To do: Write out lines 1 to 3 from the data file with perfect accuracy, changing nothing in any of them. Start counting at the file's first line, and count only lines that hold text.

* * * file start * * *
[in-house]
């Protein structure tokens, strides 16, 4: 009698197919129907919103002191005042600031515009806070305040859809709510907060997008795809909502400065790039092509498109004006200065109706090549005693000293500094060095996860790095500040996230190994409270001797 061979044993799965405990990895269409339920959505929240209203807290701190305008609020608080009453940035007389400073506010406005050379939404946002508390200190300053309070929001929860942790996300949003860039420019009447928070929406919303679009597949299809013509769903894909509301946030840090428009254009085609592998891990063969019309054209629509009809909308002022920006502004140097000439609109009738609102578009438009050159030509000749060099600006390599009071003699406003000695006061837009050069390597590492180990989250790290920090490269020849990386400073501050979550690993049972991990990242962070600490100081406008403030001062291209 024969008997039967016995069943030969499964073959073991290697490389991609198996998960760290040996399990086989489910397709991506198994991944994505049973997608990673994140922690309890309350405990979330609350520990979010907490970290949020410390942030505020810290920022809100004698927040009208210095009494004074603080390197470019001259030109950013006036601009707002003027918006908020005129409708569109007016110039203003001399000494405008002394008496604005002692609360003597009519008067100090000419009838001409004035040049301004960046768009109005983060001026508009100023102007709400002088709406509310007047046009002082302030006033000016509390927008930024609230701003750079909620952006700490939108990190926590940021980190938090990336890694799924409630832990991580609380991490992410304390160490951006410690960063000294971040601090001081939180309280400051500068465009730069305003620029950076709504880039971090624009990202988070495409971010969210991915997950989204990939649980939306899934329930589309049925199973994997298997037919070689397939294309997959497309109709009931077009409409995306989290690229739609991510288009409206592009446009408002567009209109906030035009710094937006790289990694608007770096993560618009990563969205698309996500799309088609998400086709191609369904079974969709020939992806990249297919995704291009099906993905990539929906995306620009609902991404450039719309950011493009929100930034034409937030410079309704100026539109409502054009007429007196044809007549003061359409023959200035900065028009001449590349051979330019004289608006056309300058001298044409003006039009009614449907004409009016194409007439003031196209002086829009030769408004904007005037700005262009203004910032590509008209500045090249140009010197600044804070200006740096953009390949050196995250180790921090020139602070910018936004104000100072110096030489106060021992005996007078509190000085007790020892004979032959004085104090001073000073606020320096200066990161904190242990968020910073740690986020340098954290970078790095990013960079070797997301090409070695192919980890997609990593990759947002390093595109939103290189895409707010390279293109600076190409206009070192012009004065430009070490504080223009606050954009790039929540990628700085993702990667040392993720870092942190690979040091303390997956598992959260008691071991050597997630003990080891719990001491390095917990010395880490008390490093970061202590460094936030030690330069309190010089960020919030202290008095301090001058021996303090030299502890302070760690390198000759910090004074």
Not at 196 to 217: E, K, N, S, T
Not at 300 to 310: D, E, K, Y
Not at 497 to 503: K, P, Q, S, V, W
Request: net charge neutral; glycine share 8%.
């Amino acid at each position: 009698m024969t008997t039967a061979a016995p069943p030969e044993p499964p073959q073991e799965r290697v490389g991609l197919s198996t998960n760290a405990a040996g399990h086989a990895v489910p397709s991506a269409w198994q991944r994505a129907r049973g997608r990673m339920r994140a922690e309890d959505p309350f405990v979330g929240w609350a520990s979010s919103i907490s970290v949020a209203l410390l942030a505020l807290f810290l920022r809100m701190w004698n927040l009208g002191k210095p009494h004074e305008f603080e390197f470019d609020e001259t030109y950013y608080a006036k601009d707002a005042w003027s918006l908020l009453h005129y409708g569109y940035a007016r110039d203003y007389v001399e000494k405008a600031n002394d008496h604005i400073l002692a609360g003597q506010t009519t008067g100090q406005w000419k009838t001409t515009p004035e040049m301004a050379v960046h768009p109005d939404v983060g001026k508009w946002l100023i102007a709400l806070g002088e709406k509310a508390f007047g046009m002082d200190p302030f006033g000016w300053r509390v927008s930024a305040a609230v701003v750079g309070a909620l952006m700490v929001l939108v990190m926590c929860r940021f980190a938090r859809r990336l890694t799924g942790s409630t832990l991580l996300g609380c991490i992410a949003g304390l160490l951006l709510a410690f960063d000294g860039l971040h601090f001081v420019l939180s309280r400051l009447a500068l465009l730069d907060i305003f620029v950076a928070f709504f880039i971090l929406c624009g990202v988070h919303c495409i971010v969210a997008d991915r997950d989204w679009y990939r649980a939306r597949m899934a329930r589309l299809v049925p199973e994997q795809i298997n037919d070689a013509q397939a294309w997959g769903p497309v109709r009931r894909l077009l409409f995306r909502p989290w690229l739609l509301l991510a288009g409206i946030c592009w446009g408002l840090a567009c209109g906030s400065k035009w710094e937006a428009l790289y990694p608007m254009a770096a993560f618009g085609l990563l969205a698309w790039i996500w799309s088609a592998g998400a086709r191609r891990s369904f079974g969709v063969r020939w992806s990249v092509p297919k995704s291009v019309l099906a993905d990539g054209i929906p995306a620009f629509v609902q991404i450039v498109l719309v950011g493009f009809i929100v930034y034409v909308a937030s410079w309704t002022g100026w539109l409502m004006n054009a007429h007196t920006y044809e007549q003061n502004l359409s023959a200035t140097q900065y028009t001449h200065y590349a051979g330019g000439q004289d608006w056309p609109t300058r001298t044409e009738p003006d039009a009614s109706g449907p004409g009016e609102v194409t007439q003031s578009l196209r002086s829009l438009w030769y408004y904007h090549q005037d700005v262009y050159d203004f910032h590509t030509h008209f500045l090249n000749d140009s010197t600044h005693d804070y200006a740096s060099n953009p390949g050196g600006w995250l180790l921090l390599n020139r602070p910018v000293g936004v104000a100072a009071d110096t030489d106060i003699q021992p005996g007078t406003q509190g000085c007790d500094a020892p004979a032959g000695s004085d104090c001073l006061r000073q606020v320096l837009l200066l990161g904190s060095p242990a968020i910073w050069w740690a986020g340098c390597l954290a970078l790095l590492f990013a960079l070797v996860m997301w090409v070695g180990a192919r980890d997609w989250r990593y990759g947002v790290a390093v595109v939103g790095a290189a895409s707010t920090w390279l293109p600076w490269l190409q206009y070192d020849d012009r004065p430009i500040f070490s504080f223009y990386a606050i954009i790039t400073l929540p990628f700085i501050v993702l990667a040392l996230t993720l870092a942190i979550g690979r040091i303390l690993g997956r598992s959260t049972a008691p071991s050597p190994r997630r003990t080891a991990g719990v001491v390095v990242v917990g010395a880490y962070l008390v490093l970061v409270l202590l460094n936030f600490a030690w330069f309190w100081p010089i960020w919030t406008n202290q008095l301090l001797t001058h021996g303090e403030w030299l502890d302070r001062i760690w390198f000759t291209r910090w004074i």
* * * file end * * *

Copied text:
[in-house]
């Protein structure tokens, strides 16, 4: 009698197919129907919103002191005042600031515009806070305040859809709510907060997008795809909502400065790039092509498109004006200065109706090549005693000293500094060095996860790095500040996230190994409270001797 061979044993799965405990990895269409339920959505929240209203807290701190305008609020608080009453940035007389400073506010406005050379939404946002508390200190300053309070929001929860942790996300949003860039420019009447928070929406919303679009597949299809013509769903894909509301946030840090428009254009085609592998891990063969019309054209629509009809909308002022920006502004140097000439609109009738609102578009438009050159030509000749060099600006390599009071003699406003000695006061837009050069390597590492180990989250790290920090490269020849990386400073501050979550690993049972991990990242962070600490100081406008403030001062291209 024969008997039967016995069943030969499964073959073991290697490389991609198996998960760290040996399990086989489910397709991506198994991944994505049973997608990673994140922690309890309350405990979330609350520990979010907490970290949020410390942030505020810290920022809100004698927040009208210095009494004074603080390197470019001259030109950013006036601009707002003027918006908020005129409708569109007016110039203003001399000494405008002394008496604005002692609360003597009519008067100090000419009838001409004035040049301004960046768009109005983060001026508009100023102007709400002088709406509310007047046009002082302030006033000016509390927008930024609230701003750079909620952006700490939108990190926590940021980190938090990336890694799924409630832990991580609380991490992410304390160490951006410690960063000294971040601090001081939180309280400051500068465009730069305003620029950076709504880039971090624009990202988070495409971010969210991915997950989204990939649980939306899934329930589309049925199973994997298997037919070689397939294309997959497309109709009931077009409409995306989290690229739609991510288009409206592009446009408002567009209109906030035009710094937006790289990694608007770096993560618009990563969205698309996500799309088609998400086709191609369904079974969709020939992806990249297919995704291009099906993905990539929906995306620009609902991404450039719309950011493009929100930034034409937030410079309704100026539109409502054009007429007196044809007549003061359409023959200035900065028009001449590349051979330019004289608006056309300058001298044409003006039009009614449907004409009016194409007439003031196209002086829009030769408004904007005037700005262009203004910032590509008209500045090249140009010197600044804070200006740096953009390949050196995250180790921090020139602070910018936004104000100072110096030489106060021992005996007078509190000085007790020892004979032959004085104090001073000073606020320096200066990161904190242990968020910073740690986020340098954290970078790095990013960079070797997301090409070695192919980890997609990593990759947002390093595109939103290189895409707010390279293109600076190409206009070192012009004065430009070490504080223009606050954009790039929540990628700085993702990667040392993720870092942190690979040091303390997956598992959260008691071991050597997630003990080891719990001491390095917990010395880490008390490093970061202590460094936030030690330069309190010089960020919030202290008095301090001058021996303090030299502890302070760690390198000759910090004074």
Not at 196 to 217: E, K, N, S, T